My name is Michael Lewis, I am the Clean Water advocate for Environment Texas. I grew up sailing with the boy scouts in Corpus Christi. I spent summers in the Frio, fished with my kids along the coast, and still tube the San Marcos when I can. The waters of Texas have been central to who I am and are almost sacred to me. And I believe the federal Clean Water Act protects all of Texas’ waters.
Any argument for removing federal protection hinges on the notion that the state can adequately safeguard our water – to ensure all our waterways are clean. Unfortunately that’s just not the case. TCEQ’s 2022 Texas Integrated Report for Clean Water Act, the state has 1051 impaired water body segments. According to a report from the Environmental Integrity Project from this year, once again using EPA and TCEQ’s own data, 47.8% of our estuaries, bays, and harbors are impaired and 28% of our rivers and streams are impaired for any use.
This affects our drinking water. 61% of Texas’ drinking water comes from sources fed by ephemeral, intermittent, and headwater streams. The Texas Tribune reported that Texas had 3,866 water boil notices in 2021, the most in a decade. We are in a drought of record that continues to hit the state. Right now 27% of the state is under an “exceptional drought,” and about 62% is under an “extreme drought.” Major lakes in central Texas are close to half empty. In July the LCRA announced it was cutting off lake water for rice farmers. Cotton crops are failing.
Unfortunately, TCEQs track record on clean water is mixed at best. Half of Texas’ major industrial facilities have violated their wastewater permit by pumping excrement, oil, grease, or other toxins into the water. We have facilities in the state (Ineos USA’s facility in Brazoria County) that are out of compliance for a third of the time they are operating, but have never been fined. In a recent report from Environment Texas, we found Texas ranks first in facilities that exceeded pollution standards multiple times and for facilities that broke permitted limits seven times or more. It is clear that any enforcement that is happening is not enough to be a deterrent.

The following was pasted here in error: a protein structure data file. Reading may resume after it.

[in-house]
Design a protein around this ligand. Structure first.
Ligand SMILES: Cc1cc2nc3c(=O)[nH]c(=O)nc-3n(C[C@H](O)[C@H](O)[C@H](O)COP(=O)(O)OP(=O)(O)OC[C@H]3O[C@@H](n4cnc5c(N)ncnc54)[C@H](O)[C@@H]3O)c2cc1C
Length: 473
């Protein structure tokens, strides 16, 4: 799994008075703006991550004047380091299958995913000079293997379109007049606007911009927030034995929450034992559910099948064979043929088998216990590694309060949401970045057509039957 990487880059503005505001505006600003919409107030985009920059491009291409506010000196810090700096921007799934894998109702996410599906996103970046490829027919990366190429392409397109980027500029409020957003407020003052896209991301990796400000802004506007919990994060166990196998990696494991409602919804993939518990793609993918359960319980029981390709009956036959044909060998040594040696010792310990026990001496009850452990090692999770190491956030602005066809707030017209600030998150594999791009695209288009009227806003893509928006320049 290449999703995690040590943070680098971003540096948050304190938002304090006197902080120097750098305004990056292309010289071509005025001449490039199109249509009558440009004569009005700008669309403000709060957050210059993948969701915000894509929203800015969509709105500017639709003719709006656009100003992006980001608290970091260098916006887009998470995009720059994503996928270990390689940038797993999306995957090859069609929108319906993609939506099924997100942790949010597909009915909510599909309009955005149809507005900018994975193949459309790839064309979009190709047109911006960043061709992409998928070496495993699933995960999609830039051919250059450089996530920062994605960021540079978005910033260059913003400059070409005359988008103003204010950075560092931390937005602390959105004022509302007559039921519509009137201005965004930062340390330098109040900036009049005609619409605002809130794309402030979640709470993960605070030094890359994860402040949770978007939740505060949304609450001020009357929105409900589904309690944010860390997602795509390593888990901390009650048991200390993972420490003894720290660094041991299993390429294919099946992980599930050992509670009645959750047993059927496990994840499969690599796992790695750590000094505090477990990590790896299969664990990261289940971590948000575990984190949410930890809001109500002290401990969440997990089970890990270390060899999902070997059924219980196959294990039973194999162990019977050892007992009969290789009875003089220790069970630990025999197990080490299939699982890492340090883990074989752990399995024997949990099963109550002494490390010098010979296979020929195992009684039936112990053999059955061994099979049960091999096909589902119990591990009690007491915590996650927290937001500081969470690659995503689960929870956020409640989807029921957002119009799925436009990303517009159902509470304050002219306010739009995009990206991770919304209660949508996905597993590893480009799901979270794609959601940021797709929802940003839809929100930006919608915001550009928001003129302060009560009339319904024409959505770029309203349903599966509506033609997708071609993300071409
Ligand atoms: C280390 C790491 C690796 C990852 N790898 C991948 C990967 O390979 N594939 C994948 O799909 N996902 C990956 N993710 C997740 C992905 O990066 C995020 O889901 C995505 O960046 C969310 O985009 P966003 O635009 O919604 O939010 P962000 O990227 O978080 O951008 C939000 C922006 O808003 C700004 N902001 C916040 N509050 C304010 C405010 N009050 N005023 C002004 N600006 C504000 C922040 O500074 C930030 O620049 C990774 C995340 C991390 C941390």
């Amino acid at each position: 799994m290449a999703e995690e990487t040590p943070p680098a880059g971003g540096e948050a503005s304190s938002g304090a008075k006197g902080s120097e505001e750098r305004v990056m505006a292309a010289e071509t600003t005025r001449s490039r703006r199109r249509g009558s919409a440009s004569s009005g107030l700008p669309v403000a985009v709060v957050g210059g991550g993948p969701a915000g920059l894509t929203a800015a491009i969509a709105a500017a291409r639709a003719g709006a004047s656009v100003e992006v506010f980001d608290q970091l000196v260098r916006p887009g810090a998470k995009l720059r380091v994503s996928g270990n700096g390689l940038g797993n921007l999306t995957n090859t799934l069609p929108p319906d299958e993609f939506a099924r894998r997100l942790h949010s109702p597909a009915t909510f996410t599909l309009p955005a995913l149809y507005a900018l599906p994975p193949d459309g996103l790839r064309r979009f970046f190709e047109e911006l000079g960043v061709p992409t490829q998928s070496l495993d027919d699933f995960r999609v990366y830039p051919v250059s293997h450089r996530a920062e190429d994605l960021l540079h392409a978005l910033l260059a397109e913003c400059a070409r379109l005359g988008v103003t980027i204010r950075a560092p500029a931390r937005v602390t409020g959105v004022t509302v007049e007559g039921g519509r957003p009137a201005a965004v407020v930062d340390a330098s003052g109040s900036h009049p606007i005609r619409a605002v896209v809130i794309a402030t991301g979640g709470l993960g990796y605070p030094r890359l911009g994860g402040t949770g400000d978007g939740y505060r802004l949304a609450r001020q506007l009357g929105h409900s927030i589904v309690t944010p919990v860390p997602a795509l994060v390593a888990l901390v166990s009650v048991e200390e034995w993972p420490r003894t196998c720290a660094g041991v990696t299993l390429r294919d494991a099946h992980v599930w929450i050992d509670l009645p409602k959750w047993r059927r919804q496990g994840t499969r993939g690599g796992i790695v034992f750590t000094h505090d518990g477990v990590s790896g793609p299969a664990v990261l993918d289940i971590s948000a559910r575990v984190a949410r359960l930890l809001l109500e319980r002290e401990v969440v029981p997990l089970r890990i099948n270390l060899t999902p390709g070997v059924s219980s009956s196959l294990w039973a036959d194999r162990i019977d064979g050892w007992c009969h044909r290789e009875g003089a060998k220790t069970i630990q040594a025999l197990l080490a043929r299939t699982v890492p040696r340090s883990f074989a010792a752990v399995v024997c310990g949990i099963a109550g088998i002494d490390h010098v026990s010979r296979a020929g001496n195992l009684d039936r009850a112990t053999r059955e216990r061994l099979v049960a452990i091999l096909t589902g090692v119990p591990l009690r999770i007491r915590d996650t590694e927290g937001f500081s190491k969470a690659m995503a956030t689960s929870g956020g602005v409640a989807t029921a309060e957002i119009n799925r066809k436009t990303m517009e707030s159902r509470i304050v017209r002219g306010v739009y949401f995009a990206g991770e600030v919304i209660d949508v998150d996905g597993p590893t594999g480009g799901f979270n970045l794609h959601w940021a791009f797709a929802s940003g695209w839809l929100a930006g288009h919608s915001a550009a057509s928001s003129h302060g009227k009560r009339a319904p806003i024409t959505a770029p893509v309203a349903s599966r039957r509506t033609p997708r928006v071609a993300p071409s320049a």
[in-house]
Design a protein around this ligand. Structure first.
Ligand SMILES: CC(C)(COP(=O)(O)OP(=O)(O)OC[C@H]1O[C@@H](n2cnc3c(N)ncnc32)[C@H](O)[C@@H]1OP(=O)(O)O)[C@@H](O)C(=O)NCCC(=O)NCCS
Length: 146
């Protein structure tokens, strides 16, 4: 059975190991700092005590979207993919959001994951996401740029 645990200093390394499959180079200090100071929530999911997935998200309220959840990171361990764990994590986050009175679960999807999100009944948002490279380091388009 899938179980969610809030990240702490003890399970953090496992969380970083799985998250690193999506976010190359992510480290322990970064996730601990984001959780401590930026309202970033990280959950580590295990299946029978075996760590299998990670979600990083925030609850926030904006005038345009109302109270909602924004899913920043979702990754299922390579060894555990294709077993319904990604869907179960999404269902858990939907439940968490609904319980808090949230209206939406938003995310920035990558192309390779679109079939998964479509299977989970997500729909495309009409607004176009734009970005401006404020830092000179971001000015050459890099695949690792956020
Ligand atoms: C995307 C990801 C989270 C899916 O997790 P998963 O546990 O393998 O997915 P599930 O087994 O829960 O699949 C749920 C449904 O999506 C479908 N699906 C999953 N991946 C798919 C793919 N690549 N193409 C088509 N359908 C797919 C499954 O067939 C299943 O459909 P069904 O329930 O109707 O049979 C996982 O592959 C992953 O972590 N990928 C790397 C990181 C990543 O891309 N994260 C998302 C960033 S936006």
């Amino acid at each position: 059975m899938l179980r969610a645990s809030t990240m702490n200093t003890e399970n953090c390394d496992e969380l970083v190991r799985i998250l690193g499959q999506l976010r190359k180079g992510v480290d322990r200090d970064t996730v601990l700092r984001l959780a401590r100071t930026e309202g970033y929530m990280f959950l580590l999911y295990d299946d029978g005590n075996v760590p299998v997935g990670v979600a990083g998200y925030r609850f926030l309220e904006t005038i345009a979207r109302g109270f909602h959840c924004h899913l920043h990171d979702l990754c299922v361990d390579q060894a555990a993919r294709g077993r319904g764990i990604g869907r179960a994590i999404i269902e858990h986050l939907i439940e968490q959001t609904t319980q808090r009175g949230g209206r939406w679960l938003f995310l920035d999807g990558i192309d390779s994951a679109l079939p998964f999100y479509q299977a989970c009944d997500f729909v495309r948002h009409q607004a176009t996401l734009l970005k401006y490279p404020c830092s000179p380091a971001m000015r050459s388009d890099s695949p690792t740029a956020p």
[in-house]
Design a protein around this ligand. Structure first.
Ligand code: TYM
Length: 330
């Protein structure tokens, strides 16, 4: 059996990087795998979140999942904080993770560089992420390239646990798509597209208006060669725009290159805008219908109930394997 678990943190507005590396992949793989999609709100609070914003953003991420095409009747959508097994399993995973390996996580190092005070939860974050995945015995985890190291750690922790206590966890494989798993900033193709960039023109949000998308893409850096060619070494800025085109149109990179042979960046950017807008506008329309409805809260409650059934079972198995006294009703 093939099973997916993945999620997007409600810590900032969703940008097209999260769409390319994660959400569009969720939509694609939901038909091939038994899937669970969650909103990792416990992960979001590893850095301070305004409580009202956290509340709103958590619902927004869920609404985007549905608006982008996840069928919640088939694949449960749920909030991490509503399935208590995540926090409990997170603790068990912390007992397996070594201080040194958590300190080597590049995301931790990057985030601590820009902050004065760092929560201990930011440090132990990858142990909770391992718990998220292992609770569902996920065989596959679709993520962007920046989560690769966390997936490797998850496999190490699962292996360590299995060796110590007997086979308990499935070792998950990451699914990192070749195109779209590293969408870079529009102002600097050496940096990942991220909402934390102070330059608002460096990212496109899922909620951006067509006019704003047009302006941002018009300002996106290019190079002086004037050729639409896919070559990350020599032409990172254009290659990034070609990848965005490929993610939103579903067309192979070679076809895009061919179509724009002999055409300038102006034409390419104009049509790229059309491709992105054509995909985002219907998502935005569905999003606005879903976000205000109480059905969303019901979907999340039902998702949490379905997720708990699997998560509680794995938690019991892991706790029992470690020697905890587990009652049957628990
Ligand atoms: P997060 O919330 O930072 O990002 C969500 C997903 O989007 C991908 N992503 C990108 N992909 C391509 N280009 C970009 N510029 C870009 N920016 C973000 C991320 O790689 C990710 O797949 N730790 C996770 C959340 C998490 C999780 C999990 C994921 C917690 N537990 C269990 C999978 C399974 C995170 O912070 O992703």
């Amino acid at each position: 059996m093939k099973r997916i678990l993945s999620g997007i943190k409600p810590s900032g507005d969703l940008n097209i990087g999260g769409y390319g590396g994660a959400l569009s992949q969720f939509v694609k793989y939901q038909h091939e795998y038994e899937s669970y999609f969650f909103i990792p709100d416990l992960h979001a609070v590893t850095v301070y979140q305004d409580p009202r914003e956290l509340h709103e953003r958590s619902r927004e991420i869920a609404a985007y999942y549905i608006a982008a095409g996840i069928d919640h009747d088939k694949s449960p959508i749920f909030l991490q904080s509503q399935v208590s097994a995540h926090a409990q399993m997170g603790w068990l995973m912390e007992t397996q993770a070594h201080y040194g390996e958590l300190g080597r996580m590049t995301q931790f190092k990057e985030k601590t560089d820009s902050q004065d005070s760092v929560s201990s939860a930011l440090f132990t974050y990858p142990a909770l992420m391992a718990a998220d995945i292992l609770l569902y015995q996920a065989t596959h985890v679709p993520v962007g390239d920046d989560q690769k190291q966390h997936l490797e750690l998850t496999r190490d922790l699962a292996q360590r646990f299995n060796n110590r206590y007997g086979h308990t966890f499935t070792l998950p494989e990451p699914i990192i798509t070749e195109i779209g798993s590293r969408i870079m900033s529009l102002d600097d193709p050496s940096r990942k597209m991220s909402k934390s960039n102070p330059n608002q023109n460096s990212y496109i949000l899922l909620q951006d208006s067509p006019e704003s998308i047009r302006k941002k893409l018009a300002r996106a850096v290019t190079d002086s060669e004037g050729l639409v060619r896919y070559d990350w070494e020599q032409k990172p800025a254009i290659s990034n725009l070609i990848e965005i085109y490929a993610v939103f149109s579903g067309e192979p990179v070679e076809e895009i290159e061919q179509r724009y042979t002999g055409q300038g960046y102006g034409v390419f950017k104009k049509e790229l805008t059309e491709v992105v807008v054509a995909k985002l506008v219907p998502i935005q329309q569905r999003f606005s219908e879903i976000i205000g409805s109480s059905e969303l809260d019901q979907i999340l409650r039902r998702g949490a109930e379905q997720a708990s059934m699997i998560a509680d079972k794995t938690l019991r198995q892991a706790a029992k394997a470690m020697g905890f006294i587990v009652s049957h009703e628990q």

We cannot afford to lose our existing water sources to pollution, but that is exactly what we are allowing to happen. That is why our whole nation came together – with overwhelming transpartisan support – to pass the CWA in the first place — because the states were letting polluters off the hook.
Environment Texas strongly recommends that the state closely adhere to EPA’s proposed regulations and TCEQ strengthen and enforce its regulations. Any resolution from lawmakers to restrict the Waters of the US should be accompanied by a comprehensive proposal to strengthen state protections for our waterways, along with funding and enforcement thereof. Otherwise, lawmakers are simply guaranteeing more polluted water for millions of Texans.
Clean Air and Water Advocate, Environment Texas
Michael works to promote clean air and clean water in Texas. Michael lives in central Texas with his family and spends most of his free time hiking and gaming.